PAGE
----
From answering questions about hurricane deductibles to educating policyholders, these articles are among the most in-demand after a storm.

NOW VIEWING: Disaster Command Post > Useful Post-Storm Information for Agents

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After a storm strikes, insureds should prevent further damage to their home or business, and document any steps they take to do so.

Whether an E&O claim is potential or actual, the Swiss Re Corporate Solutions claims team urges agents to submit all claims that may result from the volume of customer claims activity following a natural disaster such as a hurricane.

This information was developed from the ISO policy. All policies are different, and this primer is intended to be used only as a guide and not to determine coverage.

A visual guide for what is and is not covered under ISO-2000 HO-3 and ISO-91 HO-3 forms.

While there is an exception to almost every rule, the “general rule” is that Florida residential insurance policies have a separate deductible that applies to losses occurring during a hurricane.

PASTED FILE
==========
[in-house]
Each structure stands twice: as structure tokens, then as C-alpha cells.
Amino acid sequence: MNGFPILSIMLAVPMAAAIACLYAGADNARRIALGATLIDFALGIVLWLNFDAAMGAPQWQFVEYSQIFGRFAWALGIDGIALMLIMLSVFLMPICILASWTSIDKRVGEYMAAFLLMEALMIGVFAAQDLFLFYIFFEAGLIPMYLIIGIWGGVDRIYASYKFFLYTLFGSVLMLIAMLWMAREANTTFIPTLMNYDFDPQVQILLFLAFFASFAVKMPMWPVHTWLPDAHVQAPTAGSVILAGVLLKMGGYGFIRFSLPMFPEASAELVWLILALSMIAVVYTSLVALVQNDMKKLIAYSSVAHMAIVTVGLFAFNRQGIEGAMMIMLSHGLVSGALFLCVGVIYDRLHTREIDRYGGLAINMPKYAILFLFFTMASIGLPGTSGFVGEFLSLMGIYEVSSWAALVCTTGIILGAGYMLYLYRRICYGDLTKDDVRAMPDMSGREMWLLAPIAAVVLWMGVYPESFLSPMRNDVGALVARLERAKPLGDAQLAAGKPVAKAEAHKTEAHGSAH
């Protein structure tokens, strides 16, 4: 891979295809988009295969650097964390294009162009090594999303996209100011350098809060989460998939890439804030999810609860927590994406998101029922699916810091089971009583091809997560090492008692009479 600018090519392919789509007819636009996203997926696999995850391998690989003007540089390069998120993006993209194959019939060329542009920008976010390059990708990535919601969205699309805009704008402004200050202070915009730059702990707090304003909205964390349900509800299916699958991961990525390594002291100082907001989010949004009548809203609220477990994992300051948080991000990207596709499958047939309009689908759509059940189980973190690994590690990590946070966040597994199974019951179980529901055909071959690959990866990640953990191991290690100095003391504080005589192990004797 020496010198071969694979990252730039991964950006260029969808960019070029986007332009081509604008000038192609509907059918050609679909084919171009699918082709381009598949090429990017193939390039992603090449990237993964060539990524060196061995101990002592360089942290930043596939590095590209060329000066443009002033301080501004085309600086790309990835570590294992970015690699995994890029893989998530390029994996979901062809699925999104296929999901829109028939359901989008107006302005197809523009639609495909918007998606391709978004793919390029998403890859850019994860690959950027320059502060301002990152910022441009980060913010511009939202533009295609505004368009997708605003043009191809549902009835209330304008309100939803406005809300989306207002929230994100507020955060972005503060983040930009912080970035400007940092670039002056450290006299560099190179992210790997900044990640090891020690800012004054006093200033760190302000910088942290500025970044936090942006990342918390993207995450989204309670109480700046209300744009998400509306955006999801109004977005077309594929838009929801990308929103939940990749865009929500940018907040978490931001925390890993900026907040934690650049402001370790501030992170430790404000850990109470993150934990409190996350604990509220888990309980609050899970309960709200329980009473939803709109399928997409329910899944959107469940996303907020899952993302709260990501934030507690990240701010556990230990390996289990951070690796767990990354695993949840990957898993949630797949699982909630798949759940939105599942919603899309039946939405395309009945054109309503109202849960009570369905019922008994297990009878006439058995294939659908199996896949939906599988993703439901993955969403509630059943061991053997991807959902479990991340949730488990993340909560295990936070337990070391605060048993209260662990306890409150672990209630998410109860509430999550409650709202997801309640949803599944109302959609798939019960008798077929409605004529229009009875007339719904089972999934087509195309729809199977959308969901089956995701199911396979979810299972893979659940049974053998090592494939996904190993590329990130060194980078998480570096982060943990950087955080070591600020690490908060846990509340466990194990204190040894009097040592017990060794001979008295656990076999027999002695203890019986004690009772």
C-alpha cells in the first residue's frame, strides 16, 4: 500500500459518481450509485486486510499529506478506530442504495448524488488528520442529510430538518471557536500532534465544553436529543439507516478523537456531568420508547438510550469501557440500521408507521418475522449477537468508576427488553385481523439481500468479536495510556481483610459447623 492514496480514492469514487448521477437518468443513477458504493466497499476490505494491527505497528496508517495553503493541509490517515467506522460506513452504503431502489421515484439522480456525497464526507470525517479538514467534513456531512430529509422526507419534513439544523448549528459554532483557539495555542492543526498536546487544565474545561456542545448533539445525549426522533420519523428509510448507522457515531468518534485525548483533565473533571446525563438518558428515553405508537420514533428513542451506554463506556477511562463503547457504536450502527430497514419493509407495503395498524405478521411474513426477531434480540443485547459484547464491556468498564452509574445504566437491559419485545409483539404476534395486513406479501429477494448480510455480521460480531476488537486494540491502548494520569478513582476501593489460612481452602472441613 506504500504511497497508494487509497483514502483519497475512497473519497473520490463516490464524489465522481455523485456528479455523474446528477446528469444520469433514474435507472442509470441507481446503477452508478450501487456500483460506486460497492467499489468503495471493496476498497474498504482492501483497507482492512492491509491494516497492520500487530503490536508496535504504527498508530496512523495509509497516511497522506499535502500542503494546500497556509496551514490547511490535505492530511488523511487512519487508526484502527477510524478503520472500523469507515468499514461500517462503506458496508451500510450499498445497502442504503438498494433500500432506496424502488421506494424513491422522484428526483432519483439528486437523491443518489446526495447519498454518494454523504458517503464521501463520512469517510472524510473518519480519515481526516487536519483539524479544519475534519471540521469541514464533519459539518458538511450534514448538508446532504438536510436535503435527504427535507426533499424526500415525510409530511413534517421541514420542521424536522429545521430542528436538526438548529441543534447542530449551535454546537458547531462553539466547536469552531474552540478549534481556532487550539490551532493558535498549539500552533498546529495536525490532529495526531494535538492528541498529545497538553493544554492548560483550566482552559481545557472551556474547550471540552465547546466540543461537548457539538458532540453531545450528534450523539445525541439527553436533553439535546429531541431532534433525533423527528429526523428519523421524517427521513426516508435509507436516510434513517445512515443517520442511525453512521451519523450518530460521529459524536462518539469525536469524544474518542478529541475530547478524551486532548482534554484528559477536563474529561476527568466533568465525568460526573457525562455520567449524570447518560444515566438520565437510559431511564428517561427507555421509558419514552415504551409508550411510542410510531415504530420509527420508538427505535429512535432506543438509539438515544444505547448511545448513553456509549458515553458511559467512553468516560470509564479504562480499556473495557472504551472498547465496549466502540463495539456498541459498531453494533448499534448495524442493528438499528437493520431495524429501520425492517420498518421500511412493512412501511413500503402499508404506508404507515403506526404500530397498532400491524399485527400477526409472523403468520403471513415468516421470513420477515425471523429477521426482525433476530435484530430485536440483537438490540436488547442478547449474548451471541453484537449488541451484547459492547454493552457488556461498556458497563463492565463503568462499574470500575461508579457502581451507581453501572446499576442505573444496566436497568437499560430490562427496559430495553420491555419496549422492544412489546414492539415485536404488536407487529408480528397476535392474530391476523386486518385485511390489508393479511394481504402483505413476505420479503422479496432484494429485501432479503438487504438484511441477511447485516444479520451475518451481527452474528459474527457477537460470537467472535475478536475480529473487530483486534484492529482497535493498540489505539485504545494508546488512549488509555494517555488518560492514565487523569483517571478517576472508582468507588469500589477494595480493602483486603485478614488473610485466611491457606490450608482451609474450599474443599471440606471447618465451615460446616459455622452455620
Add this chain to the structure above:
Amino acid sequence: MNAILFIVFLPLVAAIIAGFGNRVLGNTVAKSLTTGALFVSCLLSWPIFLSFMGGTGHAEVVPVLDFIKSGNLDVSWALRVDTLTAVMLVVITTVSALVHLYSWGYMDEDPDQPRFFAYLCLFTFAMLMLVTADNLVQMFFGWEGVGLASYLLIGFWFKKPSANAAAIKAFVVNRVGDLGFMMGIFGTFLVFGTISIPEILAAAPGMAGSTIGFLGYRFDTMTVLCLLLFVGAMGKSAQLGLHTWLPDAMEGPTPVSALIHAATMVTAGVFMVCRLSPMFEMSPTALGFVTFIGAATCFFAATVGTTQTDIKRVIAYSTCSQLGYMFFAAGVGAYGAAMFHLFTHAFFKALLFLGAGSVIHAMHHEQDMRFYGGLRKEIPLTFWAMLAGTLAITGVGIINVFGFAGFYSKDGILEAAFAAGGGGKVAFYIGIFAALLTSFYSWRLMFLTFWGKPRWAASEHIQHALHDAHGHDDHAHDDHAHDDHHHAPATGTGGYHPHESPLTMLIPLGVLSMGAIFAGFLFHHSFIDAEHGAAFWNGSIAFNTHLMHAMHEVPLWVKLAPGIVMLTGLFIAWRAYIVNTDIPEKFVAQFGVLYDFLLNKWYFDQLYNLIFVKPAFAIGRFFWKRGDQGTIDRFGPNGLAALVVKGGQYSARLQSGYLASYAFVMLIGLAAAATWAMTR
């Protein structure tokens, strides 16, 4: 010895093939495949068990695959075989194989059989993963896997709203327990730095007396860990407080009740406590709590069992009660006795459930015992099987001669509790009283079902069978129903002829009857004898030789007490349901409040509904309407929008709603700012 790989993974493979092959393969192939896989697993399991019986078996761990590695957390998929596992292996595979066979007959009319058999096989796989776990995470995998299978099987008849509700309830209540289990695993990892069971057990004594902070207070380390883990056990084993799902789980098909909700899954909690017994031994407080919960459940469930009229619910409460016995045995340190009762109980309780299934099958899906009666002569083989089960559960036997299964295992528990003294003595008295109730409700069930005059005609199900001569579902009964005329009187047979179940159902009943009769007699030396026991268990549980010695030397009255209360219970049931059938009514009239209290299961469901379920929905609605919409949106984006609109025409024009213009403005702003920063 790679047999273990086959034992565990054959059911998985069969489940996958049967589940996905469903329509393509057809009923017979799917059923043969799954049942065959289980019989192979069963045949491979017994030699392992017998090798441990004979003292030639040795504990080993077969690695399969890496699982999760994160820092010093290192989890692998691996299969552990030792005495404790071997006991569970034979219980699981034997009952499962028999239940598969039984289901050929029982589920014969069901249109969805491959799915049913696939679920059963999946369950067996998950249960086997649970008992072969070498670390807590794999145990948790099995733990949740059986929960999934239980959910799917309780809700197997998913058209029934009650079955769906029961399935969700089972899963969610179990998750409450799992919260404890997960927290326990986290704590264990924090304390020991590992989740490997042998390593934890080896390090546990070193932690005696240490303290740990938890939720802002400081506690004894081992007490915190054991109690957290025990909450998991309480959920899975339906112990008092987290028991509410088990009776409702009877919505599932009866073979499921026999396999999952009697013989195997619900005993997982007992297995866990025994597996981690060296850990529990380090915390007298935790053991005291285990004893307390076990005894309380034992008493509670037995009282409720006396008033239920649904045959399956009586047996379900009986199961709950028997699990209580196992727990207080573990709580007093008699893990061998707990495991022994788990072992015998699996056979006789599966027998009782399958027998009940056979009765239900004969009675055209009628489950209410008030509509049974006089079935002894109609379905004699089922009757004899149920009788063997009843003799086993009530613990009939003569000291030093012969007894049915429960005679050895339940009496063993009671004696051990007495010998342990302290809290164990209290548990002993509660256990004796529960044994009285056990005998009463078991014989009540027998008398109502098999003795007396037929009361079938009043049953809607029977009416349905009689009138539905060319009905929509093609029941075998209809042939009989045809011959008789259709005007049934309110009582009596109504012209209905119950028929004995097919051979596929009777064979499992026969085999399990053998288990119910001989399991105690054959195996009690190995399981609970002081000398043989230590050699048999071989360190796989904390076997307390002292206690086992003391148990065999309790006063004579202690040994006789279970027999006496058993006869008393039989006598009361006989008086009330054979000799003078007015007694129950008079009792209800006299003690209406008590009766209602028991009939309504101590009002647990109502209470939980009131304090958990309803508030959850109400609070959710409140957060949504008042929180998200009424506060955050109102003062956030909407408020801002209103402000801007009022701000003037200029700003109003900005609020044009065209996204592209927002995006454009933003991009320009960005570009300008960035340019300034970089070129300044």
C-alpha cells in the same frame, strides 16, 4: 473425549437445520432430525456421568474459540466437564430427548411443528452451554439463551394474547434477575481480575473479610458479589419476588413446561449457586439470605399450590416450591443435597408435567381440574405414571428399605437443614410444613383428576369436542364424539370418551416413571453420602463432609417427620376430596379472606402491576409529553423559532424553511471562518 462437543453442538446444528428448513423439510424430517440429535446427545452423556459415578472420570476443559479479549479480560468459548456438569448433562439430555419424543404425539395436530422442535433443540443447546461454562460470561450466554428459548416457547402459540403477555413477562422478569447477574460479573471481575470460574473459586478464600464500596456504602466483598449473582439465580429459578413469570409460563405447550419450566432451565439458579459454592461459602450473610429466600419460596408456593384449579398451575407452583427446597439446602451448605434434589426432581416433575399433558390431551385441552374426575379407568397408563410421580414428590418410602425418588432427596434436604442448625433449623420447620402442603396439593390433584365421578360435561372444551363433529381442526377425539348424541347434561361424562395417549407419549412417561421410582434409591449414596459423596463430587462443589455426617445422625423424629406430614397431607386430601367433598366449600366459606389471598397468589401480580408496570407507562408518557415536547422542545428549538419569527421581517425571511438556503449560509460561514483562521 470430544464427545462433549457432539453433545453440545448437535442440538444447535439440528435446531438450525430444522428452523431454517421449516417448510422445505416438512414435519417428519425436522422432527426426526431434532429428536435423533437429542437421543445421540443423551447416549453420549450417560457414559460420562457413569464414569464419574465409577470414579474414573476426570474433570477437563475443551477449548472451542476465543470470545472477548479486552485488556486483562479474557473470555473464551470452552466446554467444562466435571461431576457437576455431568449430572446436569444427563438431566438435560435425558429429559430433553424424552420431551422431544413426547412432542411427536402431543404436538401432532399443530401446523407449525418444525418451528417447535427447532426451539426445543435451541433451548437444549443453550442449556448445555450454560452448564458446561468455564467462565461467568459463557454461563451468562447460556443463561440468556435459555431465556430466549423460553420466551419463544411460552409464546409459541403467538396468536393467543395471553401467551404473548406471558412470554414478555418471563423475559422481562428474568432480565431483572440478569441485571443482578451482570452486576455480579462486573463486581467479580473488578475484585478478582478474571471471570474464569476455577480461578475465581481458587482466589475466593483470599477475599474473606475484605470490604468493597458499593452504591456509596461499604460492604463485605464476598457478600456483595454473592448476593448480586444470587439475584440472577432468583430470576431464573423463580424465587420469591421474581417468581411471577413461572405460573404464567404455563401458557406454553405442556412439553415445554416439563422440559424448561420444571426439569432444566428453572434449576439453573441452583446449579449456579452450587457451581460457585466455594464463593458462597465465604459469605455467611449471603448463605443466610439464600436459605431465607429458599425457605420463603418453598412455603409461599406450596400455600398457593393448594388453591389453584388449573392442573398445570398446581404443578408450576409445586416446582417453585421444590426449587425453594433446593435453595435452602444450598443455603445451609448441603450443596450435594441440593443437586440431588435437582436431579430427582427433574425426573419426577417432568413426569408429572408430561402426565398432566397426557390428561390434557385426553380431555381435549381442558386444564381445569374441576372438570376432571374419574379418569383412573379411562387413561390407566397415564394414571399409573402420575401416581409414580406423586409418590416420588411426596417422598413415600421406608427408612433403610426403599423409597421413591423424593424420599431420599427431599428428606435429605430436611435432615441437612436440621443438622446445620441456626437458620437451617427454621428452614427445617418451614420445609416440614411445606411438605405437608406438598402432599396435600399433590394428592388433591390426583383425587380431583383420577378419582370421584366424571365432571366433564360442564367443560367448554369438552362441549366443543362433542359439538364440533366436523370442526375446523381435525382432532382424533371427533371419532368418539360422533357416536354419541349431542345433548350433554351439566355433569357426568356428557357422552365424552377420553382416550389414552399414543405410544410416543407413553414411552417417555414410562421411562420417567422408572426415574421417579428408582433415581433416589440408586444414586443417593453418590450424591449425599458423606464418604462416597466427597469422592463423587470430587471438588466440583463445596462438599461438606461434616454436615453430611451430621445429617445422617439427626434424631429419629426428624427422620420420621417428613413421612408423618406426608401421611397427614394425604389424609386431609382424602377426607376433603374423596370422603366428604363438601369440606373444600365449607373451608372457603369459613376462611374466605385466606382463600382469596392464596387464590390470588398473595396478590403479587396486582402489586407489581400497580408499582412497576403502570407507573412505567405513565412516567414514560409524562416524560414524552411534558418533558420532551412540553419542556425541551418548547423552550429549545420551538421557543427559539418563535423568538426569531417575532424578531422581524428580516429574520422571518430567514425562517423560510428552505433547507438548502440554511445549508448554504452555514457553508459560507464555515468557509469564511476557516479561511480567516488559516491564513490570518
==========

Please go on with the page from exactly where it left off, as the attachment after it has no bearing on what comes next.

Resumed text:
Is perishable stock or loss of business income covered under the "windstorm" peril?

How do you meet your customer’s needs while steering clear of a potential E&O minefield? FAIA’s E&O partner Swiss Re Corporate Solutions offers the following dos and don’ts.

While it's easy to understand why some agencies and customers don't want to report losses that are likely below the hurricane deductible, the potential harm of not reporting a claim far outweighs the potential of not doing so. 

The Trusted Choice® Disaster Relief Fund is available to assist members and their staff in the event of unrecoverable losses caused by a hurricane or other natural disaster.

This Florida Office of Insurance Regulation developed this guide to help consumers understand when water and/or wind damage is covered under an insurance policy.

Here are the top five things policyholders need to understand about insurance and hurricanes.

This one-pager from the Florida Department of Financial Services is designed to help insureds understand the claims timeline ad avoid scams.

It seems as if as quickly as hurricane force winds stop blowing, claims denials start blowing in citing what insurance professionals refer to as “wind-driven rain.”